Welcome! This is a conversation among parents and others who are doing their best to raise healthy, cooperative, thriving children. Raising children to thrive isn’t easy, especially when those children regularly mess up our plans for their success. We learn the art of parenting from each other, and PEP’s blog is here to help—with tips, tools, talk and encouragement—as well as updates about PEP’s many educational programs.
Our bloggers are like our class leaders (many of them are class leaders)—parents who have found at PEP support, inspiration and a sensible road map for the journey. They’ll share their unique perspectives and experiences, connected by their deep commitment to helping you be the parent you want to be. We invite you to join the conversation.
Chances are, we’re all going to spend a lot of time indoors this weekend. Here are some easy and creative indoor activities for kids; a video to help teens learn to face the uncomfortable; and positive parenting tips to keep us on track through the snowbound hours. When Children Say ‘I Can’t,’ but They Can, […]... read more>>
ABC News interviewed Meghan Leahy on Wednesday about advice for parents on easing the back-to-school transition for children. A professional parent coach, Meghan writes the “On Parenting” column in Local Living section of The Washington Post every Thursday. She also is a PEP class leader, and her tips in the interview include one for training […]... read more>>
You won’t have to search far to find back-to-school articles this week. So, we’ll give you a break: only two of this week’s Tweets are about the S-topic. The others will give you information on teens and video games; books to help kids when their parents separate; and interactive picture books for young children. I […]... read more>>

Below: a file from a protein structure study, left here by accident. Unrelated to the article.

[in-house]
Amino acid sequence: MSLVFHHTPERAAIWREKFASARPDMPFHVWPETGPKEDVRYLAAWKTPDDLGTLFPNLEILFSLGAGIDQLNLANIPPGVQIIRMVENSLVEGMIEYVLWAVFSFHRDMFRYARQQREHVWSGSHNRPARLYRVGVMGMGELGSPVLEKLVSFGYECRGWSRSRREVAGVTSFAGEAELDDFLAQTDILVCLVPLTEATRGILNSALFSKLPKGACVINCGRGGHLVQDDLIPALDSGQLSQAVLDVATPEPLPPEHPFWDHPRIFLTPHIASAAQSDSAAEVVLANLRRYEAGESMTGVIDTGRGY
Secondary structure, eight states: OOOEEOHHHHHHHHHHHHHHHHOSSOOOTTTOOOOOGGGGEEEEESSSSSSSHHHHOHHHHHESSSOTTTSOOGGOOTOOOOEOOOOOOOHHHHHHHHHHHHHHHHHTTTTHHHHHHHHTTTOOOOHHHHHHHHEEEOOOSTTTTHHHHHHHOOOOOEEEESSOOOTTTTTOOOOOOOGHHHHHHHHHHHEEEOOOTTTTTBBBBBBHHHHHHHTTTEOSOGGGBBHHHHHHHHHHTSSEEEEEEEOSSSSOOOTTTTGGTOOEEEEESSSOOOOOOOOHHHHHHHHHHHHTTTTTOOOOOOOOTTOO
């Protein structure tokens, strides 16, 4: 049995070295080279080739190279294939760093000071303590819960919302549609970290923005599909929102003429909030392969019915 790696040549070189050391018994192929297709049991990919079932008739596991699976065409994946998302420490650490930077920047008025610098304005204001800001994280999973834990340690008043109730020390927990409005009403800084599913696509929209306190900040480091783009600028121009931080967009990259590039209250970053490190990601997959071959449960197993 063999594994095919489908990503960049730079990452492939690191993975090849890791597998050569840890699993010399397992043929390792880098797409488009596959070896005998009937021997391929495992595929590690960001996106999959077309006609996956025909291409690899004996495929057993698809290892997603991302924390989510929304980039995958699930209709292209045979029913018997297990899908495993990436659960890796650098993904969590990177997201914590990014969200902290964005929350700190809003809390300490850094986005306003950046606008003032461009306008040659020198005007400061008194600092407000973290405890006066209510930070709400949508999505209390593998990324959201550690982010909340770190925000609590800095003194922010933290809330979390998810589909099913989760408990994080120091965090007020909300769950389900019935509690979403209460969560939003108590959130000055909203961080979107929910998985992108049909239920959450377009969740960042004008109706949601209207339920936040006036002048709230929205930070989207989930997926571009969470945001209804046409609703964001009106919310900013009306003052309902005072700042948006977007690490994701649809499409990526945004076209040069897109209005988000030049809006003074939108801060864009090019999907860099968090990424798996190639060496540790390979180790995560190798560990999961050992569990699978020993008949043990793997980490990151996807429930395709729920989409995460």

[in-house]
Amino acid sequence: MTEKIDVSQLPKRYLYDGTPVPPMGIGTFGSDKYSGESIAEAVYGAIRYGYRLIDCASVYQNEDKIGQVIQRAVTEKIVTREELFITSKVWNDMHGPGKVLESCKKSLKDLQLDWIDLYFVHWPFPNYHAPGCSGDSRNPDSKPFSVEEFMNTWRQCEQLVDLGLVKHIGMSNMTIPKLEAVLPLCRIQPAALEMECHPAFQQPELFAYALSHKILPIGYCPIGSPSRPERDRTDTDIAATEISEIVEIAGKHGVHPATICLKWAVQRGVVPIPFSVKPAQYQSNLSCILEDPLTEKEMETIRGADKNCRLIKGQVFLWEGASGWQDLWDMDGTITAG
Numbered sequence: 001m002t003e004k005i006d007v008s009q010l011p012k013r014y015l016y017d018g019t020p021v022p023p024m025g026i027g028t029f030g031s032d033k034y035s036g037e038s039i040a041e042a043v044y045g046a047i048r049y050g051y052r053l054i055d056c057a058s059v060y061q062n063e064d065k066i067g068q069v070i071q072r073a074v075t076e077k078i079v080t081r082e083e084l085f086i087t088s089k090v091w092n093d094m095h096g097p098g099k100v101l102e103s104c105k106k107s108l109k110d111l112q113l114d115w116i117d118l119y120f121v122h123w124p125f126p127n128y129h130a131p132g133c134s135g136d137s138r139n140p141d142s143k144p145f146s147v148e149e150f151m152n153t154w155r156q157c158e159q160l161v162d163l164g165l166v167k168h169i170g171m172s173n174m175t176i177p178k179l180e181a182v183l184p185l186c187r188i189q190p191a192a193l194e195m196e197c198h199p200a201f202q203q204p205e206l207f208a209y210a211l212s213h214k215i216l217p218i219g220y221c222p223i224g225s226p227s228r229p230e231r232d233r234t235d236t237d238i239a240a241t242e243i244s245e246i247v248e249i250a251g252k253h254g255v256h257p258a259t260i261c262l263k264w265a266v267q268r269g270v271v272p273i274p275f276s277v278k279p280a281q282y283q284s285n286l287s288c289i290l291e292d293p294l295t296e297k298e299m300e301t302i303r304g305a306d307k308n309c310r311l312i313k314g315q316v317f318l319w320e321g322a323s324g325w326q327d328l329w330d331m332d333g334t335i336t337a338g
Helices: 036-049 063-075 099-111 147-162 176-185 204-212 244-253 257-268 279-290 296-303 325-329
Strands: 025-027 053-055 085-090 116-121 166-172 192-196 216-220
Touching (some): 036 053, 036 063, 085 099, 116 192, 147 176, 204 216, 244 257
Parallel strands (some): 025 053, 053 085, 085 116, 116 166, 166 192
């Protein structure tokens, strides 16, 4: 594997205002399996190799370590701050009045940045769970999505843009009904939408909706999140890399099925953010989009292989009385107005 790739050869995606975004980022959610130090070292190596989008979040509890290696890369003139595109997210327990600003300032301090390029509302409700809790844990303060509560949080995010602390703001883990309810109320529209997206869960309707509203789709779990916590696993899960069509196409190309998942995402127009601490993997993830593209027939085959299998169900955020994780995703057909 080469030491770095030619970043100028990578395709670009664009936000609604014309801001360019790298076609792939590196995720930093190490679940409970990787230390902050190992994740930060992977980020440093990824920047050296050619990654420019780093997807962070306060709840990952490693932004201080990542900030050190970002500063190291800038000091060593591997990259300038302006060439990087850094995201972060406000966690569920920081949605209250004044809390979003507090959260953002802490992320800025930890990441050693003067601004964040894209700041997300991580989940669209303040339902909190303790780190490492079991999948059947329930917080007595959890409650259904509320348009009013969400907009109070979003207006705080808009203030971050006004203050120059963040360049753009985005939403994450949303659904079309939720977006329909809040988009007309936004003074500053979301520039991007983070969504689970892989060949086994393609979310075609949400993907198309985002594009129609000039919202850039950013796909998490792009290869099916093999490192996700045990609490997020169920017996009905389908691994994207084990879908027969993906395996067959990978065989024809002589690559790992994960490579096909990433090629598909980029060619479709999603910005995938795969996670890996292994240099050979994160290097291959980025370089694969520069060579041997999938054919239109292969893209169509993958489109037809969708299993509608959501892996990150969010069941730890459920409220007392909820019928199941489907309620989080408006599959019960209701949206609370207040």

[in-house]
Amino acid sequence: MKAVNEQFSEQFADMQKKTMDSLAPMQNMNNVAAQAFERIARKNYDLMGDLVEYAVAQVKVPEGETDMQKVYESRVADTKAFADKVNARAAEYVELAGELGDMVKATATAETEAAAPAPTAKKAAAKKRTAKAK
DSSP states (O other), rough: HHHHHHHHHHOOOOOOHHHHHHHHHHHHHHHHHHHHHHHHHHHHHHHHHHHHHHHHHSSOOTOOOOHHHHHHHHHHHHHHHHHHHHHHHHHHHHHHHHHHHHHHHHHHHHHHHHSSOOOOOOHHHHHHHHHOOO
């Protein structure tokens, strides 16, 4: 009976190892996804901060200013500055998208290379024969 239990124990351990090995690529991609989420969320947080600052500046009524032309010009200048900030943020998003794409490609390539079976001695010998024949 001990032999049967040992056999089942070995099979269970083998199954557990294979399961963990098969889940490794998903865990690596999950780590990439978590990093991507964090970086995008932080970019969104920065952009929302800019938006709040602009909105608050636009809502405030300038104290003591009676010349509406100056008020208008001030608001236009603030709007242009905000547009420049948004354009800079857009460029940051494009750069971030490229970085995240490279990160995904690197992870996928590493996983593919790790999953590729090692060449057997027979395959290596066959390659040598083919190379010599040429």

We asked five of PEP’s parent educators for their favorite back-to-school tips. Their answers show a variety of parenting tools in action, including emphasizing the process of learning; looking for tasks and responsibilities to turn over to growing children; having fun with kids and letting natural consequences do the work; involving the kids in creating routines for the new year; and preparing ourselves to […]... read more>>
August really isn’t the hottest month; that one (July), thankfully, is past. The final month of summer is a good time to take a day trip, get some perspective on the brains and behavior of toddlers and teens, plan for those school lunches coming up and consider some really effective ways to motivate your children when […]... read more>>
As August begins, we round the bend of summer and look ahead to fall. There’s still another month of “vacation” (which might be getting old, by now) and maybe a family trip on the calendar, but parents’ thoughts are also turning toward the new school year — earlier and oftener than in bygone days, as one of […]... read more>>
This “Ask Emory” column was first posted at The Takoma/Silver Spring Voice. Dear Emory, It’s summer, my kids (8 and 12 years old) are out of school, and I feel like I’m now their recreation director as well as the chief cook, chauffeur, and popsicle dispenser. For a few hours a day, the kids have camp. […]... read more>>
First posted at Balancing Act, LLC. Being organized is something we agree we should do, promise ourselves we’ll start doing each and every December 31st (or next Monday, or when school starts, or when the stars align, or when the pigs are flying). But why? Why be organized? If we dig deep and think about […]... read more>>
This week’s parenting news brings tips for talking with children about emotions; a long-term study showing why that’s a good idea; cool playgrounds; creative things to make and do; and an article to spark a discussion with your teen about sleep. Four Lessons from “Inside Out” to Discuss with Kids Have you seen Inside Out yet? […]... read more>>
“What If Everything You Knew About Disciplining Kids Was Wrong?” is the title of an article by journalist and PEP parent educator Katherine Reynolds Lewis, in the July/August issue of Mother Jones magazine. In it, we hear the stories of schools and juvenile justice facilities that have implemented “a new approach” to discipline—one that replaces […]... read more>>